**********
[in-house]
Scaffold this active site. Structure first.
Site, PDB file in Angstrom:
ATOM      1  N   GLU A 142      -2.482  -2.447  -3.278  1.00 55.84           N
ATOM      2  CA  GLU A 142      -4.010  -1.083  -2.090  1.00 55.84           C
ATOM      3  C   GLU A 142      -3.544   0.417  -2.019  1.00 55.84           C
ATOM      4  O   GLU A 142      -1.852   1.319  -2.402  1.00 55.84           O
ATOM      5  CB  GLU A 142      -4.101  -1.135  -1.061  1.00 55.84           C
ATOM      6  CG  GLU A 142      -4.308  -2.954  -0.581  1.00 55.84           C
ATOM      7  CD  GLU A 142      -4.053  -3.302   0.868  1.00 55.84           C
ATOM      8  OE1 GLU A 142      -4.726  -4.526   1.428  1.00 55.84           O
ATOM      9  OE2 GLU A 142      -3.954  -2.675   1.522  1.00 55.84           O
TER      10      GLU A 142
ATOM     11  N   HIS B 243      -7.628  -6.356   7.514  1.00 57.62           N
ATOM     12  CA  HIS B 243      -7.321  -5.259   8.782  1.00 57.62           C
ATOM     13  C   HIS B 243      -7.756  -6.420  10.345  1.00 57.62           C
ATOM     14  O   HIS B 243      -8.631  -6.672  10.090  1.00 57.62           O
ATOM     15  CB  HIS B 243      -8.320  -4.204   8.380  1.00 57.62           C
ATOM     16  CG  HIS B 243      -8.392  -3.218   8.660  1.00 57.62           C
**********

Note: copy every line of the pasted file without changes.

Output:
[in-house]
Scaffold this active site. Structure first.
Site, PDB file in Angstrom:
ATOM      1  N   GLU A 142      -2.482  -2.447  -3.278  1.00 55.84           N
ATOM      2  CA  GLU A 142      -4.010  -1.083  -2.090  1.00 55.84           C
ATOM      3  C   GLU A 142      -3.544   0.417  -2.019  1.00 55.84           C
ATOM      4  O   GLU A 142      -1.852   1.319  -2.402  1.00 55.84           O
ATOM      5  CB  GLU A 142      -4.101  -1.135  -1.061  1.00 55.84           C
ATOM      6  CG  GLU A 142      -4.308  -2.954  -0.581  1.00 55.84           C
ATOM      7  CD  GLU A 142      -4.053  -3.302   0.868  1.00 55.84           C
ATOM      8  OE1 GLU A 142      -4.726  -4.526   1.428  1.00 55.84           O
ATOM      9  OE2 GLU A 142      -3.954  -2.675   1.522  1.00 55.84           O
TER      10      GLU A 142
ATOM     11  N   HIS B 243      -7.628  -6.356   7.514  1.00 57.62           N
ATOM     12  CA  HIS B 243      -7.321  -5.259   8.782  1.00 57.62           C
ATOM     13  C   HIS B 243      -7.756  -6.420  10.345  1.00 57.62           C
ATOM     14  O   HIS B 243      -8.631  -6.672  10.090  1.00 57.62           O
ATOM     15  CB  HIS B 243      -8.320  -4.204   8.380  1.00 57.62           C
ATOM     16  CG  HIS B 243      -8.392  -3.218   8.660  1.00 57.62           C